FIERCE: “Democrats Hope To Flip The House From Red To Blue — And They Believe These Latina Candidates Could Help”

If Democrats are going to win back the House, they’ll need to flip at least 24 seats currently held by Republican lawmakers to members of their party. To do that, the Democratic Congressional Campaign Committee (DCCC) is putting their support behind promising challengers ahead of the fall midterm elections — two of them Latinas.

Among the 33 candidates that are a part of Red to Blue, a competitive program from the DCCC that offers top contenders organizational and fundraising support to help them continue to run fierce campaigns, are Debbie Mucarsel-Powell, a congressional candidate in South Florida, and Xochitl Torres Small, a first-time candidate campaigning in Las Cruces, New Mexico.

“Candidates are our best asset, and we will continue to do everything possible to help them build strong campaign infrastructures, energize the grassroots, and raise the resources needed to spread their message,” Rep. Ben Ray Luján (N.M.), chairman of the DCCC, said in a statement.

In one of the most closely watched congressional races in the country, Mucarsel-Powell is vying to unseat Republican Rep. Carlos Curbelo in Florida’s 26th Congressional District, which represents all of Monroe County, including Key West and the Everglades National Park, as well as parts of southwest Miami-Dade County.

“The person we have now representing the district’s values does not align with the families of this district. He has voted against families in the community by voting against health care and background checks for guns and passing a tax plan that helps companies instead of hard-working Americans,” Mucarsel-Powell, 46, told Fierce.

Born in Ecuador, she, along with her single mother and three sisters, moved to southern California when she was 14, later relocating to South Florida at 24 — the same year her father was killed by gun violence back in her home country.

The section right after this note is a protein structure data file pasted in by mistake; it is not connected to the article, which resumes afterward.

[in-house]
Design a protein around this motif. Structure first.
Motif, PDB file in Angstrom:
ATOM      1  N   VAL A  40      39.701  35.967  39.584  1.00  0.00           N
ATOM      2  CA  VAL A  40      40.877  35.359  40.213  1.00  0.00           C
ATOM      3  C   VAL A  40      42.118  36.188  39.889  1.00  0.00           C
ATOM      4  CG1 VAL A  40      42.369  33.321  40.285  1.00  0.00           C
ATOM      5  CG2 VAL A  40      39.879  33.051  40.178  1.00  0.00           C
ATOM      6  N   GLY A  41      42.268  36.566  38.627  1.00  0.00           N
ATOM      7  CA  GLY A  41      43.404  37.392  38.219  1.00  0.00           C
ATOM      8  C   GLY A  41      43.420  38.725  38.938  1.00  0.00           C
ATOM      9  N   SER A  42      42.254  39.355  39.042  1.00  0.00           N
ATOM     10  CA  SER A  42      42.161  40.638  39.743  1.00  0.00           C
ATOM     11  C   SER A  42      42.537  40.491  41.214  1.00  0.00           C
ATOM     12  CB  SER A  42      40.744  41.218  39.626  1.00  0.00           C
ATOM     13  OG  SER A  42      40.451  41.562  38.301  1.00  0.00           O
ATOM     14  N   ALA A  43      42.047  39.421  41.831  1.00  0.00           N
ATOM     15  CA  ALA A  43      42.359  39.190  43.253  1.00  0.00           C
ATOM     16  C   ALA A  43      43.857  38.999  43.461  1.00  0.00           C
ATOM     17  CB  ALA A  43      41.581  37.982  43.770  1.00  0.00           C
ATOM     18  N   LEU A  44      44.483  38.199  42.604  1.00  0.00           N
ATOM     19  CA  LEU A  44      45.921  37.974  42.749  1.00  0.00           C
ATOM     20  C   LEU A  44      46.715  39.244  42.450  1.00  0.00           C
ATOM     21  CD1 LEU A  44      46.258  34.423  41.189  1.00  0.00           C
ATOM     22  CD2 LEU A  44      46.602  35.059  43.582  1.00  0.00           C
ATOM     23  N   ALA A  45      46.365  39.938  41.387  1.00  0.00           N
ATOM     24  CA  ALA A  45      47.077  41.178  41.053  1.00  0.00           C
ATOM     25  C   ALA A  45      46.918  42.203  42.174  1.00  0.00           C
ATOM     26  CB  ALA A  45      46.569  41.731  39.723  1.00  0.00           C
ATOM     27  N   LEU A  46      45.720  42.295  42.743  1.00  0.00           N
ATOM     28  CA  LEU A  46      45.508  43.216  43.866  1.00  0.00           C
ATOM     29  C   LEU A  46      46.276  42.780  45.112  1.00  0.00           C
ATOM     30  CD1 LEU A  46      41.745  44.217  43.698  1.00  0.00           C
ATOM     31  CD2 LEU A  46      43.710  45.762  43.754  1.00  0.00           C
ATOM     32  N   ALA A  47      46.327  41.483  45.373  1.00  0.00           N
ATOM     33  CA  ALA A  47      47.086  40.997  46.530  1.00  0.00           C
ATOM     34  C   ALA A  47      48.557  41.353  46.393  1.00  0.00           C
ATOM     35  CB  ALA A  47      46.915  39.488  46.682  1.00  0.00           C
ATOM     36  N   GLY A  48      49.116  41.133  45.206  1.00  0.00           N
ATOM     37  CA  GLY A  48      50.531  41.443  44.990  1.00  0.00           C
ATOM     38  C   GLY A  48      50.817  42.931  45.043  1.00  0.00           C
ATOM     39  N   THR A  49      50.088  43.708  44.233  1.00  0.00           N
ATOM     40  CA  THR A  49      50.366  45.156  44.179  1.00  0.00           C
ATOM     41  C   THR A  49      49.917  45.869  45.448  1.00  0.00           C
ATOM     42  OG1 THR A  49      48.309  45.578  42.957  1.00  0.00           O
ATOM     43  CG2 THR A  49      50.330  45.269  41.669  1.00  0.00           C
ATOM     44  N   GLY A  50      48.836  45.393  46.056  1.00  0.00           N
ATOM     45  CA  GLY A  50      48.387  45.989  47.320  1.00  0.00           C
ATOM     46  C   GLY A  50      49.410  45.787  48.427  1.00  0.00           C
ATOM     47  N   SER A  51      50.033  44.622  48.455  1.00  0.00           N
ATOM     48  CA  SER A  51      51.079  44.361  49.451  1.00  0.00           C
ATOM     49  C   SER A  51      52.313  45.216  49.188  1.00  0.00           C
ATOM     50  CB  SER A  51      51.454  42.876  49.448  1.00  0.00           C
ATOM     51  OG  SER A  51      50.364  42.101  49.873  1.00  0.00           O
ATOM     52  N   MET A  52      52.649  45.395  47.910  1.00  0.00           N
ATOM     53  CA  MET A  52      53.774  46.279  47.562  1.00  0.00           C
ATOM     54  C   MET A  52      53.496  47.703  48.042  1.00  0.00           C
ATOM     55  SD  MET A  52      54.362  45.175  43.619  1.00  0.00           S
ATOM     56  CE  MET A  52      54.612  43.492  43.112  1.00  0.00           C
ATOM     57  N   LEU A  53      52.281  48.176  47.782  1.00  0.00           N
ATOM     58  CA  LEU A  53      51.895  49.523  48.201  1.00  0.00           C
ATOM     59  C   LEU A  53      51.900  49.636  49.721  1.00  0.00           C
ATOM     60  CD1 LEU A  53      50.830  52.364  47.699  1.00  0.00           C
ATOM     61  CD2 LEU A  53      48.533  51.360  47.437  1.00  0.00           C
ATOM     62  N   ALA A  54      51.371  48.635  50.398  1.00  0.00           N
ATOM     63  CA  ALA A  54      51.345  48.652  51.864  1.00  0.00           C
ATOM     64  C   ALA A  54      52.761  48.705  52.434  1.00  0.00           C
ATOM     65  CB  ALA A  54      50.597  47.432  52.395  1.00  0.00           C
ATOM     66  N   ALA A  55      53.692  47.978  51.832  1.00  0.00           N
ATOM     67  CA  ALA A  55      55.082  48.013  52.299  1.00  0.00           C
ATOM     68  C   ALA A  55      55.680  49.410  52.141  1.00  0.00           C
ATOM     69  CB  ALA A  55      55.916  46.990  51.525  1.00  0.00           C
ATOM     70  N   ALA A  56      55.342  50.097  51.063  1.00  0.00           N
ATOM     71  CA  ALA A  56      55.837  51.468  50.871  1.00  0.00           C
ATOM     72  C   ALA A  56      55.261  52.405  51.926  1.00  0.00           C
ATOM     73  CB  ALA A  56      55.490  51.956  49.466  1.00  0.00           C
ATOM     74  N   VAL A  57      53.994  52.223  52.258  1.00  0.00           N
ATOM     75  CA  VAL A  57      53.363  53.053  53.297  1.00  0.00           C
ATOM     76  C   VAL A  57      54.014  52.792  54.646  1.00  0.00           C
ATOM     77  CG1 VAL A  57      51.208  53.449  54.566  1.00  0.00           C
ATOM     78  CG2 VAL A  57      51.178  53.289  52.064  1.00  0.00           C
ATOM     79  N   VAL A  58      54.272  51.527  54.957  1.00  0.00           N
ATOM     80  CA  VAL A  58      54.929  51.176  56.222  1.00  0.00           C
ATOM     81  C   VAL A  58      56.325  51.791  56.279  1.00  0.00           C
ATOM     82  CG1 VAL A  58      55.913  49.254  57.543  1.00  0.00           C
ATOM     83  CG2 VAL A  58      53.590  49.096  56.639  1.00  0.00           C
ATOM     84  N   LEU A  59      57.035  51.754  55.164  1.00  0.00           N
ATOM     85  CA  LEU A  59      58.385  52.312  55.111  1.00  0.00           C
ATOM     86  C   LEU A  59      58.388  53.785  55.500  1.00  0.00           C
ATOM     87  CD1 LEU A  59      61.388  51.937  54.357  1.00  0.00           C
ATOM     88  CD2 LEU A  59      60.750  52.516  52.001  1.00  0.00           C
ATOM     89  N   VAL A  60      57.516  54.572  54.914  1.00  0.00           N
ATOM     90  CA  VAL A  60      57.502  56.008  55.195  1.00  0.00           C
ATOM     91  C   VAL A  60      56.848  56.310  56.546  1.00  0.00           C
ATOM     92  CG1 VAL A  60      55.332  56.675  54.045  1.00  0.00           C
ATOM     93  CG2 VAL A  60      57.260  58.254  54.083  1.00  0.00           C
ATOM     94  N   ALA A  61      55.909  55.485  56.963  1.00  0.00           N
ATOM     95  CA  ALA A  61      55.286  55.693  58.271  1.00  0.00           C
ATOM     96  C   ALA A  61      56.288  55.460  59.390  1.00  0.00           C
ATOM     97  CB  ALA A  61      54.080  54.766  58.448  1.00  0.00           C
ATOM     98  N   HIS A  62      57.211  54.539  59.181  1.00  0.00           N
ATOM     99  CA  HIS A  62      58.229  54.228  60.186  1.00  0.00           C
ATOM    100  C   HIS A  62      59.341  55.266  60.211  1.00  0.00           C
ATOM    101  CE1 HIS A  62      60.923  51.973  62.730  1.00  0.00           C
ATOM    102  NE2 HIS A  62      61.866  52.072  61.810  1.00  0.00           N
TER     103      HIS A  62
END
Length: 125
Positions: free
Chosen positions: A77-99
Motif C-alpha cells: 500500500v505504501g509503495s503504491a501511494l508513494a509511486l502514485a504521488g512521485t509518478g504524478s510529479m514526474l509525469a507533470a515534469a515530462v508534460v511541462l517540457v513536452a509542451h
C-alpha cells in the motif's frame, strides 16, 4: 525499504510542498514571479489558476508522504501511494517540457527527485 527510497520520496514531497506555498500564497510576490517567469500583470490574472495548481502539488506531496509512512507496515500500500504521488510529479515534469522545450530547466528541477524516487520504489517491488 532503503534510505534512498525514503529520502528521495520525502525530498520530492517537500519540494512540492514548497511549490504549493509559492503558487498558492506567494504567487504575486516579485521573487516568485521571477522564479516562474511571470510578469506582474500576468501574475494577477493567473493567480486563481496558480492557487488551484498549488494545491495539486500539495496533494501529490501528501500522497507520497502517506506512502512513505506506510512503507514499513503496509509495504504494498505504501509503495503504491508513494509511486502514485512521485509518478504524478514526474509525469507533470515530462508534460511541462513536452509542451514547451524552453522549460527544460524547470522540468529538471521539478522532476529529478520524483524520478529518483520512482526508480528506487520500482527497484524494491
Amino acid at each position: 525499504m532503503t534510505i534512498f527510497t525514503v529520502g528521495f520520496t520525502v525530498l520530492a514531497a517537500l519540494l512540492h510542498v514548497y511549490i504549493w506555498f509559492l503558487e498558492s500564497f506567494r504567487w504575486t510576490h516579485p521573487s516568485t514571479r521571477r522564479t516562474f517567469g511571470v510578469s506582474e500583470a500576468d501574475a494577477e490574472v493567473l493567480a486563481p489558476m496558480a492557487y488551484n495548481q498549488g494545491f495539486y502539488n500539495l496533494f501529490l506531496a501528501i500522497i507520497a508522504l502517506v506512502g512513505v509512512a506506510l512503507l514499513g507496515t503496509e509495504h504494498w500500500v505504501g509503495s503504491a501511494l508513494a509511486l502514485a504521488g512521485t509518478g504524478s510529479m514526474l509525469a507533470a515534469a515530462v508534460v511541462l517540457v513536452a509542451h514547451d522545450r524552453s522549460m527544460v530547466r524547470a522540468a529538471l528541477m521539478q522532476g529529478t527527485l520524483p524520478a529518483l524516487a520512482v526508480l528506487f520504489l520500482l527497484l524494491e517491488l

In the Sunshine State, Mucarsel-Powell spent several years working in various nonprofit organizations, including in the environmental justice arena with Zoo Miami Foundation and the Coral Restoration Foundation, as well as education and health, working at the College of Health at Florida International University and, since it opened, the Herbert Wertheim College of Medicine.

In 2016, Mucarsel-Powell challenged state Sen. Anitere Flores, a veteran Republican lawmaker, in redrawn Senate District 39. A first-time candidate with little name recognition, Mucarsel-Powell was defeated, but she walked away leaving a good impression with local Democratic operatives and better equipped to tackle another race.

Among her priorities are health care, to which she has worked to expand to families in South Florida for many years; education, long fighting against the increasing power of charter schools in Tallahassee; immigration, calling for an expedited path to citizenship for Dreamers and their families; the environment; referring to South Florida as the “ground zero for climate change;” gun safety, pushing for specific bills to reduce gun violence, an issue that has impacted her personally; as well as the economy and tax reform.